Yogi Berra passed last night at the age of 90. The man who famously said that “it’s never over til it’s over,” played his final inning. He was a hero of the Yankees. There could be no doubt about that. Casey Stengel said that he was his man, the guy he never played a game without having him on the field. He was a great tactical mind when it came to the game, and was easily one of the finest players to play the game. Although he stopped playing before I was born, and therefore way before I came to learn of the game, which only happened after watching the 86 world series in Ireland, it took no time for me to learn of the impact he had made on the success of the team.
But he was also as famous for his use of the English language, having the ability to twist the logic of a phrase better than his mentor and manager Casey Stengel. He even once famously said that ” you should always go to other people’s funerals, otherwise they won’t come to yours.” That is an example of what you got with Yogi, a pithy phrase that belied a sort of wisdom based on simplicity, but expressed with great humour.
There have been many legends to have played for the Yankees, those who have lived in the mind of the fans. The Babe, Gherig, Di Maggio, Mantle, Munson, Mattingly, the Core four, and Williams. All of these guys carried the team to greatness, from the 1920s right up to the modern day. But none compete with the impact that Yogi had on the team. He is lauded as the back bone of the most successful dynasty in the Yankee history. He even called the famous perfect game of the 1956 World Series which was pitched by Don Larsen. While the pitcher was crucial, is crucial in winning games, the fact that Larsen was not a pitcher with the kind of stuff to pitch a perfect game shows just how great a catcher Berra was. Not that I want to put down what Larsen did. He still had to pitch. That he won ten world series rings tells you about his skill, and the teams he played on.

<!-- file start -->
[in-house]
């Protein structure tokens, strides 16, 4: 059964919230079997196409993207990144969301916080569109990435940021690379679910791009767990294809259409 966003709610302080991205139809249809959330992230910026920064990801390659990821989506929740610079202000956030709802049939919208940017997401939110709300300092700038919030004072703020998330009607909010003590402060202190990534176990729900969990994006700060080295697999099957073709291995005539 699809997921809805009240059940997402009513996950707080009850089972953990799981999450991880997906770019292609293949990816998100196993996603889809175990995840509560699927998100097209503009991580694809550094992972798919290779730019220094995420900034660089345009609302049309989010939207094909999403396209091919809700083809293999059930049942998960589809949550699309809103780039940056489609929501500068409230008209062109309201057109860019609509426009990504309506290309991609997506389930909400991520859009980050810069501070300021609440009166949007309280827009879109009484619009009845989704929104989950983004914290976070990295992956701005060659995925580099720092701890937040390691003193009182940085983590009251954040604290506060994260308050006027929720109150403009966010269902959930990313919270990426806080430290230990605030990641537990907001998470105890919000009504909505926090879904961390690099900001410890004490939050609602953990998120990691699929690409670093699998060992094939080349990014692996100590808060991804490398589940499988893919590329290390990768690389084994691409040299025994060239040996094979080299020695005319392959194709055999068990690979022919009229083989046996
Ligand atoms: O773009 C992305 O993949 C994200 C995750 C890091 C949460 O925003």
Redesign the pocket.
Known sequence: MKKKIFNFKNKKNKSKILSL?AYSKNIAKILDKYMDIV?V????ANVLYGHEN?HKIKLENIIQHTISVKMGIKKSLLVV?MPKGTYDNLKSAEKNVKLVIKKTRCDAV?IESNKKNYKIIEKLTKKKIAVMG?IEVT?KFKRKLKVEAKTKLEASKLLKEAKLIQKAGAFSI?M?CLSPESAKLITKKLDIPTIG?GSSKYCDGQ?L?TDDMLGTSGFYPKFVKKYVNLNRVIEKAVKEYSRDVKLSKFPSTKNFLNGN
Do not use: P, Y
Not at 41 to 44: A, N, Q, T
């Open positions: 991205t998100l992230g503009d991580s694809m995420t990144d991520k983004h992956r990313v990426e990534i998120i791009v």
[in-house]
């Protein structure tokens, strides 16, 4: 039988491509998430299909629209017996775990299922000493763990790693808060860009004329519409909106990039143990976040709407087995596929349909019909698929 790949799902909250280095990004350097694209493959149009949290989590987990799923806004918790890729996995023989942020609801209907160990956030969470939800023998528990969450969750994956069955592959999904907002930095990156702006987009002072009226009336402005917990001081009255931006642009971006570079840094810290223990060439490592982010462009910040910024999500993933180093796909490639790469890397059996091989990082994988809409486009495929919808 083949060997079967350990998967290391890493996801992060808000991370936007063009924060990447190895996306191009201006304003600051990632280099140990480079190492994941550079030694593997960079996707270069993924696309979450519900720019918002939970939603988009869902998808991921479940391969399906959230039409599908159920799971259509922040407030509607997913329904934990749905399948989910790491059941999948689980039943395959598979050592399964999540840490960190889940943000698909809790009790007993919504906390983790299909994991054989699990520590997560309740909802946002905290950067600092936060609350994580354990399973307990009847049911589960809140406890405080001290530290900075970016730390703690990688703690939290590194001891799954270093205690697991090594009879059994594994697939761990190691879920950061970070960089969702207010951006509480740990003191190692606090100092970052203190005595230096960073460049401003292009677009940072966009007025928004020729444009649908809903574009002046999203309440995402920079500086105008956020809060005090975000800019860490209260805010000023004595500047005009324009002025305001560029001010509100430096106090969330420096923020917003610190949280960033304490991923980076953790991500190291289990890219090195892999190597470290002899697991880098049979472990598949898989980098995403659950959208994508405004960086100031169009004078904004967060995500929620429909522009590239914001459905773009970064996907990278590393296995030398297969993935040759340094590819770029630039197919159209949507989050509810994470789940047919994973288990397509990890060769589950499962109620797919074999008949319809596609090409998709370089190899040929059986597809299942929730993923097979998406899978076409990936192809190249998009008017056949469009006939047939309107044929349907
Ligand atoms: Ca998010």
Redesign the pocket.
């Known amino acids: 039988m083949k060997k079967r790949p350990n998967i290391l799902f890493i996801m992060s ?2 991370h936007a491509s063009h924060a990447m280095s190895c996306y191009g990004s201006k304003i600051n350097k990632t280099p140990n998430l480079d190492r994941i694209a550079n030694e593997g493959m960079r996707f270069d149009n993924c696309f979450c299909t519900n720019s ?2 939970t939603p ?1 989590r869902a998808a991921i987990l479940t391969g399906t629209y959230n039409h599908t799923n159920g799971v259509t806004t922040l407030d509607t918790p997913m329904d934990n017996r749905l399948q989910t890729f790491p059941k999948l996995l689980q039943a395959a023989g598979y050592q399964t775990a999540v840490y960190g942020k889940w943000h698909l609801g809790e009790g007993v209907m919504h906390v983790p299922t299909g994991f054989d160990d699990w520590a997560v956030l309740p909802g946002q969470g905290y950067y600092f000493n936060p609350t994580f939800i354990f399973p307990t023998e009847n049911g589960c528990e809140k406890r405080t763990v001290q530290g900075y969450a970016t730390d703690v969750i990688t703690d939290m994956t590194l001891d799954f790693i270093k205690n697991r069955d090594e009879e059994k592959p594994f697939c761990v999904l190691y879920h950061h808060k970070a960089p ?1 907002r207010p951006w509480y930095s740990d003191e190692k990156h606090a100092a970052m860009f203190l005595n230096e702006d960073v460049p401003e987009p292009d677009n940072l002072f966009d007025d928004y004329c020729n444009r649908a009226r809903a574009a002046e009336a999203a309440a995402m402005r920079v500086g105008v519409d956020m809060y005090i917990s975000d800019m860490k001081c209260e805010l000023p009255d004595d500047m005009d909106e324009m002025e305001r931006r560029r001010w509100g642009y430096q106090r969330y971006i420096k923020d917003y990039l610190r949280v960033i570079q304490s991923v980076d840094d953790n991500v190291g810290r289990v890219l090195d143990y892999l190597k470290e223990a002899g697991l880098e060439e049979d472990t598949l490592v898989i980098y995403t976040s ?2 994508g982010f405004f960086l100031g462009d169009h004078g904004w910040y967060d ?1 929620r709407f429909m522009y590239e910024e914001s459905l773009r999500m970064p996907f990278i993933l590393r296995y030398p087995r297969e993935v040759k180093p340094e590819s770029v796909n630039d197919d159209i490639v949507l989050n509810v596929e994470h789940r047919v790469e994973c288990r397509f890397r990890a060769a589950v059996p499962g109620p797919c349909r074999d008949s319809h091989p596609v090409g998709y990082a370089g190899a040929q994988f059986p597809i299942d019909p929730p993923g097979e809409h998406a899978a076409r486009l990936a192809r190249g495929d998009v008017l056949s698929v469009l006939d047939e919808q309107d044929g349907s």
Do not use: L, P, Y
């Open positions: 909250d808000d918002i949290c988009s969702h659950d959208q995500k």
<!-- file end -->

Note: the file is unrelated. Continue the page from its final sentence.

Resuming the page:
Yoggi Berra was a legend. It is that simple. He more than played his part in making the team a success. He will be mourned tonight, and when the Yanks play the White Sox he will be remembered in the Stadium the way he should, by the Yankees fans. He moves now from living legend to the pantheon of great players who one can imagine coming out of the cornfield to play on the Kinsella farm in Iowa. But perhaps the best way of remembering him will be to win number 28 this fall. It is the only fitting way to do so.